So far it has worked for us. We live within our means and i am., confident we will have a comfortable retirement ving the ife we wish to.
This is fantastic....
I heard a radio presentation on 3aw this week of a tradie complaining about the proposed increase to the pension age here. Putting that issue aside, he went on to say he always worked running his own business as a bricklayer being self employer or as a subbie. Then went on to say he still has 200k owing on his PPR and only $4k in super....
Complaining that he won't be able to live..

I am empathetic towards people's hardships but you are solely responsible for your retirement, and these subbies get paid a higher hourly rate to account for super etc, plus there is a lot of cash money in trade industries, so the fact that a lot of tradies don't put "x" aside for super and or investments annoys me as every other employee has no choice in the matter and now they expect the taxpayer to support them in retirement because of their poor business decisions...

As an employee I would love to have my super paid to me so I could invest accordingly.. (Too young and not enough yet to warrant a smsf).

But I was really happy to read MOYOS post.. Good work.
I
 
While I quite liked the Napoleon Hill book, I no longer budget, nor pay myself first.
The reason is that it my IPs are generating around $16k more per year than they're costing me and that I'm quite frugal with my money anyway. My partner and I are able to save over $50k per annum while both being on five figure salaries.
 
I would've thought paying yourself is about enjoying life.
This. I initially had the 'pay yourself first' mindset. Then a few years back, I changed it from 'holding back on the things I enjoyed in life' to 'what do I need to do to increase my income to maintain the lifestyle I enjoy today whilst having sufficient funds to secure my future'.

Essentially, moving from a restrictive mindset (delayed gratification) to an abundance mindset (I can have everything I want today while securing my future).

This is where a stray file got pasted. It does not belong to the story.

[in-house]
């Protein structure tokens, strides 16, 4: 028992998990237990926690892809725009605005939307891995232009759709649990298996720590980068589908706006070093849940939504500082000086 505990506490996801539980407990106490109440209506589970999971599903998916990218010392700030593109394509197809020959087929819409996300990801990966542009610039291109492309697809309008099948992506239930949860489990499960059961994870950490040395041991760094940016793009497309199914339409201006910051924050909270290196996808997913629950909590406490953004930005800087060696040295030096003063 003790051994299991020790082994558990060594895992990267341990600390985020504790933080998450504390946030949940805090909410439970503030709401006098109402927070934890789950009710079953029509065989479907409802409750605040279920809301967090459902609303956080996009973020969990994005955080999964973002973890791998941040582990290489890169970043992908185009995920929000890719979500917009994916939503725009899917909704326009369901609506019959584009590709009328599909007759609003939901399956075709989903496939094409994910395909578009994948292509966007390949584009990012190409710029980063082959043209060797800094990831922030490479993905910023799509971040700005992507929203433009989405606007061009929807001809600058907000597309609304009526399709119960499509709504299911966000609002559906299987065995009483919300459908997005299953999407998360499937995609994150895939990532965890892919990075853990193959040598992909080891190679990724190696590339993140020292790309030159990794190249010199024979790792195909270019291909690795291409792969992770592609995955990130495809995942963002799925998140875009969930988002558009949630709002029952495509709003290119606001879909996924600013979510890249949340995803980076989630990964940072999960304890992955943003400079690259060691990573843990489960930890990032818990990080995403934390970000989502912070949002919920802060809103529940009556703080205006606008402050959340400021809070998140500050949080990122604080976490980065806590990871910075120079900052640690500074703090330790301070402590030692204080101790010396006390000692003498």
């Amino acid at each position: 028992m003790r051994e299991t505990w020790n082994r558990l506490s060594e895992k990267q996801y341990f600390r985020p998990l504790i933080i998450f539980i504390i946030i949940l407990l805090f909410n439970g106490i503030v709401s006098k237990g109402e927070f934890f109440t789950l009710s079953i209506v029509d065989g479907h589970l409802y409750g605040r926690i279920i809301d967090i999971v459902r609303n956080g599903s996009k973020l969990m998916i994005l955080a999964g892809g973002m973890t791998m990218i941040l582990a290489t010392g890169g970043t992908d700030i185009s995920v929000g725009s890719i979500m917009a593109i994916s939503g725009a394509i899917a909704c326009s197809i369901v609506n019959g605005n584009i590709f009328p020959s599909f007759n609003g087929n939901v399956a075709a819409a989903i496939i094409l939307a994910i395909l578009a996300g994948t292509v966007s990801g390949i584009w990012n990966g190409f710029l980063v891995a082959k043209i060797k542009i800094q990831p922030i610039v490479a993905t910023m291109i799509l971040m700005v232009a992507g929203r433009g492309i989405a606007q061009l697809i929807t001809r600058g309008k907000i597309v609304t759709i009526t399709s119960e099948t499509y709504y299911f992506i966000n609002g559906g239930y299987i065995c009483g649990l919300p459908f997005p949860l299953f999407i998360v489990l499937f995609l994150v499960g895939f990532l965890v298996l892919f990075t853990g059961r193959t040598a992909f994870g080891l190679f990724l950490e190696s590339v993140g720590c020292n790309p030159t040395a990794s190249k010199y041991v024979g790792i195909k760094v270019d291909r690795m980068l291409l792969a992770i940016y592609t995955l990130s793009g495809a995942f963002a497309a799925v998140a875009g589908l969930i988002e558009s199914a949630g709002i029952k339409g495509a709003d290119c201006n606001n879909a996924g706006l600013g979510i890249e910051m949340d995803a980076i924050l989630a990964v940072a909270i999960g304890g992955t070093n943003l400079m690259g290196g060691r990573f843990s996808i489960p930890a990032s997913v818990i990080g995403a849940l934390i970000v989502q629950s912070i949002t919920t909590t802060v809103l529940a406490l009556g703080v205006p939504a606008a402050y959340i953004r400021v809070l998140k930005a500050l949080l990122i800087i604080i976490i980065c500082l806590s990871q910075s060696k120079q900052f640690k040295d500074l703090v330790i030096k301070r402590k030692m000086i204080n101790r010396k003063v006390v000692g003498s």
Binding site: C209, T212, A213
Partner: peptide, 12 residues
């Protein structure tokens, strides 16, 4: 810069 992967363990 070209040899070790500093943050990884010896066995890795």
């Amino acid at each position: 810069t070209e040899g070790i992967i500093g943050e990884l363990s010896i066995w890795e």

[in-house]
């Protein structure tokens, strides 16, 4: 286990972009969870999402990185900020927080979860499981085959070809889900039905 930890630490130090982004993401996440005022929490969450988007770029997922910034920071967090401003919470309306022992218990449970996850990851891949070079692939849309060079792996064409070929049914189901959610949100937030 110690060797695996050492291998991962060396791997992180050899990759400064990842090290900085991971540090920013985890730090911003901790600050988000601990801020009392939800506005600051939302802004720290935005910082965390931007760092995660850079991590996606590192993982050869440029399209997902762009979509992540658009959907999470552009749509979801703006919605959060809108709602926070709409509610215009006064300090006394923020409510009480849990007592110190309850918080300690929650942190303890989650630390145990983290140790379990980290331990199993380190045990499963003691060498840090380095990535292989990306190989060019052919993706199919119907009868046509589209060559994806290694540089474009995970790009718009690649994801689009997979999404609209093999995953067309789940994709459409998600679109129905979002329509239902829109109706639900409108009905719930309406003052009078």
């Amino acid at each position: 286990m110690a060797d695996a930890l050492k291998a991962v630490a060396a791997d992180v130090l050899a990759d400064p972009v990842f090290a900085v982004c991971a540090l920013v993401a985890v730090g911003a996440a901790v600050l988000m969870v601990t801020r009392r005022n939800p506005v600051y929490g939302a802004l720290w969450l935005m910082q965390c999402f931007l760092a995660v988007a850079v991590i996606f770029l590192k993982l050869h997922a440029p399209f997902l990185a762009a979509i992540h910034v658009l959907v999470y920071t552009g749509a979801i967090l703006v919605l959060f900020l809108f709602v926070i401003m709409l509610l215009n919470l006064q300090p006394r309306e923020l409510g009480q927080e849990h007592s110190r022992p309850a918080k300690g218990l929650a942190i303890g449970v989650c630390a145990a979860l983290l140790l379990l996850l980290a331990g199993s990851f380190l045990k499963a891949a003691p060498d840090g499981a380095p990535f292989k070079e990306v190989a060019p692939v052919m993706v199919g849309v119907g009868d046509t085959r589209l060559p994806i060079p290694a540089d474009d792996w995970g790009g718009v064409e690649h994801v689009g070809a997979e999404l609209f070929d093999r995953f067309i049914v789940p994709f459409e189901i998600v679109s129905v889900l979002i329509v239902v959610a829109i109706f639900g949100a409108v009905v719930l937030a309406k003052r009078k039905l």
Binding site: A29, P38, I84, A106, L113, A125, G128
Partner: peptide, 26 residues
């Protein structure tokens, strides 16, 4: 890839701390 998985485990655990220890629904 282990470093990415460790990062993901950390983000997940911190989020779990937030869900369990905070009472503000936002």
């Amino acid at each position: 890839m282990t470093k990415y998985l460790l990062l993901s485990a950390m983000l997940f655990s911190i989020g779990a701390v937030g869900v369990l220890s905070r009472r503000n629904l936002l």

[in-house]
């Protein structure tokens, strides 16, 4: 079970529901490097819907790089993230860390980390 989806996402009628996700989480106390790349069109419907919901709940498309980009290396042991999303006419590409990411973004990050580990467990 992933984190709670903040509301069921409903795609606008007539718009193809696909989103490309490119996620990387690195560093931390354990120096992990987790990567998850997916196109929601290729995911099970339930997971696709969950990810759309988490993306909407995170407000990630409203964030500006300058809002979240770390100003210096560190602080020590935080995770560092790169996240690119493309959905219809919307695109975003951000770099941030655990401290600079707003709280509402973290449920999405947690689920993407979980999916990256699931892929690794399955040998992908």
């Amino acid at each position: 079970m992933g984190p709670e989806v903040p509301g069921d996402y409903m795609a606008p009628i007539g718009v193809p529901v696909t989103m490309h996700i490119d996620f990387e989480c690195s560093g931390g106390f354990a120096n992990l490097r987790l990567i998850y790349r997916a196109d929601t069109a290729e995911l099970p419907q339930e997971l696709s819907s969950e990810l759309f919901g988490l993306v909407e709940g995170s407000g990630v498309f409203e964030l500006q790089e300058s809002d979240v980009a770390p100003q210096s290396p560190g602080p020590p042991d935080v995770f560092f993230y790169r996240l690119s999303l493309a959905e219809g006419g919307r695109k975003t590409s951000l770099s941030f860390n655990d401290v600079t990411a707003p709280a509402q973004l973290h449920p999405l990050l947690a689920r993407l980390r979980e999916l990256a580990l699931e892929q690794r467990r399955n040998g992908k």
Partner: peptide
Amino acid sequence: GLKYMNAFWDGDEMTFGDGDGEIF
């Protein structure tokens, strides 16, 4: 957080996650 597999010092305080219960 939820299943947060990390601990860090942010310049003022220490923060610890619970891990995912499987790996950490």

Xenia, as someone who is clearly business minded, I'd like to ask you - are you nudging your children into the same ideal - that is, encouraging them to build businesses of their own? This to me, is the way of the future for the youth. Teaching them to build businesses of their own from a very young age, learning how to overcome obstacles, rejection and failure in order to achieve financial success.

Most people believe that businesses are risky, but I would argue that passive investing, such as property investing is riskier. According to ABS stats, less than 1% of Australians retire on an income of 50K or more. As a business owner myself, I would strongly encourage people to start businesses rather than invest in property. Yes, the chances of the business failing are high, but the rewards (not just financially speaking) are much higher.

Very few people that have succeeded in business achieved that success the first time around. Most people have started multiple businesses and - this is the key - picked themselves up, dusted themselves off and started again, using the mistakes from previous efforts to build something stronger the next go around.